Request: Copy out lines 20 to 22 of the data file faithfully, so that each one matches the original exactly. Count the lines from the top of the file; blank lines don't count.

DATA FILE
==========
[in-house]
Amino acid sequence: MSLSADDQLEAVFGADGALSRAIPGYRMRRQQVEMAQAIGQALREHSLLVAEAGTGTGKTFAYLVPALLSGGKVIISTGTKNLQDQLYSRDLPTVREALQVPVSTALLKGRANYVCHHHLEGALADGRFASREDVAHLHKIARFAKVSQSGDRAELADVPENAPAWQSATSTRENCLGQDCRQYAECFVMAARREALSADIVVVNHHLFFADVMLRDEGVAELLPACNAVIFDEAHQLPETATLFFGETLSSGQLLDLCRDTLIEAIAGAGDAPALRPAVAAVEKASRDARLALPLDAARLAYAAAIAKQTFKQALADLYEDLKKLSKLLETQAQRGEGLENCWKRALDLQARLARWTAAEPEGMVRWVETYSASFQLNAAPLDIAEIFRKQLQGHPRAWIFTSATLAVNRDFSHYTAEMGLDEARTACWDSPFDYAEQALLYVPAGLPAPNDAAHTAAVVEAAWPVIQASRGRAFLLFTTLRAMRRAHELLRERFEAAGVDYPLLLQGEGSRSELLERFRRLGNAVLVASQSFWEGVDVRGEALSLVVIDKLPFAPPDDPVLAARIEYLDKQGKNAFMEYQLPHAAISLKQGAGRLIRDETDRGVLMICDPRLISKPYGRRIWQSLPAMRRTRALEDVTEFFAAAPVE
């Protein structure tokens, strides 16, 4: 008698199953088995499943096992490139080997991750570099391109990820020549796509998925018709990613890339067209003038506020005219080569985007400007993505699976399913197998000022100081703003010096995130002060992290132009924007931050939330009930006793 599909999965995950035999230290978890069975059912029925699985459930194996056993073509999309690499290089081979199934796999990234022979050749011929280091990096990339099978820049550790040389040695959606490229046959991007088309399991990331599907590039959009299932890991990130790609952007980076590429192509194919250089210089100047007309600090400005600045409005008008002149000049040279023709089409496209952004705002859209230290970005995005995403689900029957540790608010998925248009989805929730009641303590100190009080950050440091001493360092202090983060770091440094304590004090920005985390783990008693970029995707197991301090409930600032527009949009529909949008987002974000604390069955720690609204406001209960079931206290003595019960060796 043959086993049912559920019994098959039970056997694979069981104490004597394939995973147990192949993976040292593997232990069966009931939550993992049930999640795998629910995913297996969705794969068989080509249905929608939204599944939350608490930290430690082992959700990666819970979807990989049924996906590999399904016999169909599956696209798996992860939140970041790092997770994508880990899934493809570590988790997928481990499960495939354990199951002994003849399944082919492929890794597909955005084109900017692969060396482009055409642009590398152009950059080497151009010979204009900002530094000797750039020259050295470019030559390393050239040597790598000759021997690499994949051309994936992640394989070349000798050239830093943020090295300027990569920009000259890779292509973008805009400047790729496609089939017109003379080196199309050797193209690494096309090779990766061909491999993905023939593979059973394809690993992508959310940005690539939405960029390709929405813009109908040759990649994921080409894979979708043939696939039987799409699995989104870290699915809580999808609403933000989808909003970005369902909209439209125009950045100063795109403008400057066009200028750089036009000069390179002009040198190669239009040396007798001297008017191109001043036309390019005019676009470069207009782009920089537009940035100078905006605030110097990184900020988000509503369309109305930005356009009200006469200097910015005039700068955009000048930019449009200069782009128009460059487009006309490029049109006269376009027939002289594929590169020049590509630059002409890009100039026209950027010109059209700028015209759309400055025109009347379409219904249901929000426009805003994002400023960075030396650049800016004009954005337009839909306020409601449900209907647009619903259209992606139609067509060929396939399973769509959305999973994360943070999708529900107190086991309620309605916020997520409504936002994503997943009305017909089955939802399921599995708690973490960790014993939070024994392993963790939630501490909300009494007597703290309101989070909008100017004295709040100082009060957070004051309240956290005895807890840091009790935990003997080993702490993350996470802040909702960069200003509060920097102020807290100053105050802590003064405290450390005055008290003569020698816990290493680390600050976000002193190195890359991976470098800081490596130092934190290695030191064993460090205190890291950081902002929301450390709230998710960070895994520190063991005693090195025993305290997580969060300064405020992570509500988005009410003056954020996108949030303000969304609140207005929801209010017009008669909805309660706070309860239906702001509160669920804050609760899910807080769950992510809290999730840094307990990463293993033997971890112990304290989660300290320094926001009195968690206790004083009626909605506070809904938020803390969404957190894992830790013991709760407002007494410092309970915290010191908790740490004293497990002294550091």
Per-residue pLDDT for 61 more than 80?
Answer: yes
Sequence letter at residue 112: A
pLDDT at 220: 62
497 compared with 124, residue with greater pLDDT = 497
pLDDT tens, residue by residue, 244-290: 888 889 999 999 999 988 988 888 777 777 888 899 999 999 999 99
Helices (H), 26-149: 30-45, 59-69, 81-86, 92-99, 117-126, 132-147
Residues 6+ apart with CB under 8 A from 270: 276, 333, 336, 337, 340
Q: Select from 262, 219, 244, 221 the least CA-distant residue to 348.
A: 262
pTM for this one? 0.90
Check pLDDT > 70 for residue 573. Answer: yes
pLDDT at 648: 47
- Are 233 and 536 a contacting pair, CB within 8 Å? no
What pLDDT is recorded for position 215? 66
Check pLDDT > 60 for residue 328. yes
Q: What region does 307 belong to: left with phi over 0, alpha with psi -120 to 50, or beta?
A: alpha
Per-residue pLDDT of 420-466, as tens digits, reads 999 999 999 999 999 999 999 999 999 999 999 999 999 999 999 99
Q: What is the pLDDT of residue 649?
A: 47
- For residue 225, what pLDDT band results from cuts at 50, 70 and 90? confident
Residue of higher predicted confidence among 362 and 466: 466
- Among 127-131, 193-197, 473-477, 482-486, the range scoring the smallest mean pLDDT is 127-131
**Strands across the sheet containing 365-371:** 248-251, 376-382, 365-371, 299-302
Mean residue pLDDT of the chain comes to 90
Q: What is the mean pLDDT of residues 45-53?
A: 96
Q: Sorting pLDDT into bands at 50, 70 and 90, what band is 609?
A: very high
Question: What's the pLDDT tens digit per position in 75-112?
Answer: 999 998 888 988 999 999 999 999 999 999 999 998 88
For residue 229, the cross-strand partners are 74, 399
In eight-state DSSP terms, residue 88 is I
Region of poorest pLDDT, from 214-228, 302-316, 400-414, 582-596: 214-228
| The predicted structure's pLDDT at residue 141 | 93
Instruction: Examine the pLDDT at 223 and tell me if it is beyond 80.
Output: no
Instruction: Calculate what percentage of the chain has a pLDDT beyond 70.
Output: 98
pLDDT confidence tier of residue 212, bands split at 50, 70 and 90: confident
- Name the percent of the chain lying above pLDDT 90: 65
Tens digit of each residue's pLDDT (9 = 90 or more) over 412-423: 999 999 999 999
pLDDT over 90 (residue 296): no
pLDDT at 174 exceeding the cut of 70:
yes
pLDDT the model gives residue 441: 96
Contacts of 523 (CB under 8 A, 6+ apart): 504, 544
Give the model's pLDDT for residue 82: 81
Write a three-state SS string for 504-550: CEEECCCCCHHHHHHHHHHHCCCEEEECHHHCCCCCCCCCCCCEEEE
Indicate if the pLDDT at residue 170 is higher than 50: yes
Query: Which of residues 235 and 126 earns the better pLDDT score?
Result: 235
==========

Q: What region does 307 belong to: left with phi over 0, alpha with psi -120 to 50, or beta?
A: alpha
Per-residue pLDDT of 420-466, as tens digits, reads 999 999 999 999 999 999 999 999 999 999 999 999 999 999 999 99